Bid to move Corrib truck 'farcical'
Efforts to move a jack-knifed 160-ton truck carrying machinery for a controversial gas project are farcical, campaigners have claimed.
As the 40m (131ft) vehicle continues to block a road in Co Mayo, protesters against Shell's Corrib scheme said it will take a miracle to move it.
One of the Rossport Five, Willie Corduff, was arrested earlier during protests over traffic disruption since the truck got stuck near the Glenamoy Bridge in Erris on Tuesday morning. Mr Corduff was one of five men who spent 94 days in jail in 2005 after refusing to agree not to protest against the project.
A spokesman for Shell confirmed efforts were ongoing to move the stranded vehicle. However tensions remain high between gardai and activists, who continue to gather around the stuck truck.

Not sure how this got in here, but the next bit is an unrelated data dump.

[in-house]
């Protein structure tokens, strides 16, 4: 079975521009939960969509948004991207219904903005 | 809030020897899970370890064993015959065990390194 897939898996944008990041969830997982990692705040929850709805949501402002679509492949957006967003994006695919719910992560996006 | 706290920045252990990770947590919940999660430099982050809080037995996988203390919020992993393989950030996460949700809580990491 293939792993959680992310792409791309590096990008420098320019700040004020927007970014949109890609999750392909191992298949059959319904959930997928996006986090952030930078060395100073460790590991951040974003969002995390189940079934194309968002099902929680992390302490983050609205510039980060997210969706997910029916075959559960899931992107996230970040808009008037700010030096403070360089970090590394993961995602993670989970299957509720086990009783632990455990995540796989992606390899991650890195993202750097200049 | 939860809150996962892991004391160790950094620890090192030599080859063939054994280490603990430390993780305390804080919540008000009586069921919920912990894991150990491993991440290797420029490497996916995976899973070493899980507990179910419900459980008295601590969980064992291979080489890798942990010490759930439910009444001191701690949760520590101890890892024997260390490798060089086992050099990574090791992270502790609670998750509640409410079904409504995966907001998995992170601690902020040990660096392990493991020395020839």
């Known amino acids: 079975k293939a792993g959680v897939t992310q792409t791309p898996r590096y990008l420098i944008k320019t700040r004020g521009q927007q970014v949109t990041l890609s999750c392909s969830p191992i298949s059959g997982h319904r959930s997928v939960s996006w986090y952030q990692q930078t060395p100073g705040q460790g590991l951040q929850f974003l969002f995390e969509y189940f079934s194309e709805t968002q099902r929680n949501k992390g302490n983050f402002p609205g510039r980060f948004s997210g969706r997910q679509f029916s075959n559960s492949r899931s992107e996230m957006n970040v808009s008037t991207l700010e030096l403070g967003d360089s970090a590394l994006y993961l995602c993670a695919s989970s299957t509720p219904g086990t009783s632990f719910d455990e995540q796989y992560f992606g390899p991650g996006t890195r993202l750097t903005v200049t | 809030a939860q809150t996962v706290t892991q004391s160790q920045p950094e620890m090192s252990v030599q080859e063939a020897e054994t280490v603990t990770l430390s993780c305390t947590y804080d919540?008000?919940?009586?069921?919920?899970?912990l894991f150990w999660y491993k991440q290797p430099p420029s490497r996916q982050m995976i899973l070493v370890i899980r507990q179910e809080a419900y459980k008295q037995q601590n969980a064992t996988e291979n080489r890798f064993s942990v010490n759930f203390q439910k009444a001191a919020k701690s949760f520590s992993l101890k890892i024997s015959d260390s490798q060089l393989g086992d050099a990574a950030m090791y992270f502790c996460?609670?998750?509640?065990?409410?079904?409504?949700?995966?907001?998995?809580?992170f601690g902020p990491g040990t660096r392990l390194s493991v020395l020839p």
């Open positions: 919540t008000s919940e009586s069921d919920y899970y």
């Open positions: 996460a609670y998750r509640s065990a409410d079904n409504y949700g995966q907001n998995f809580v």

It was one of three vehicles transporting parts of a large tunnel-boring machine, which is being used to drill a 4.9km (3-mile) tunnel under Sruwaddacon Bay and inland to the Bellanaboy Gas Processing Terminal.
It is understood part of the damaged road - which was not on the official haulage route - has fallen into the bog and a broken pipe has caused flooding
Terence Conway, from the Shell to Sea campaign group, claimed the fact it got stuck in the first place is evidence of the company's incompetence, saying: "It proves beyond a shadow of a doubt the incompetence of Shell and their inability to plan even a relatively simple thing, like driving a truck into a town."
On Tuesday, scuffles broke out as gardai and Shell security escorted the slow-moving convoy of specialist tunnelling equipment from Dublin to north Mayo.
A garda spokesman said four arrests had been made.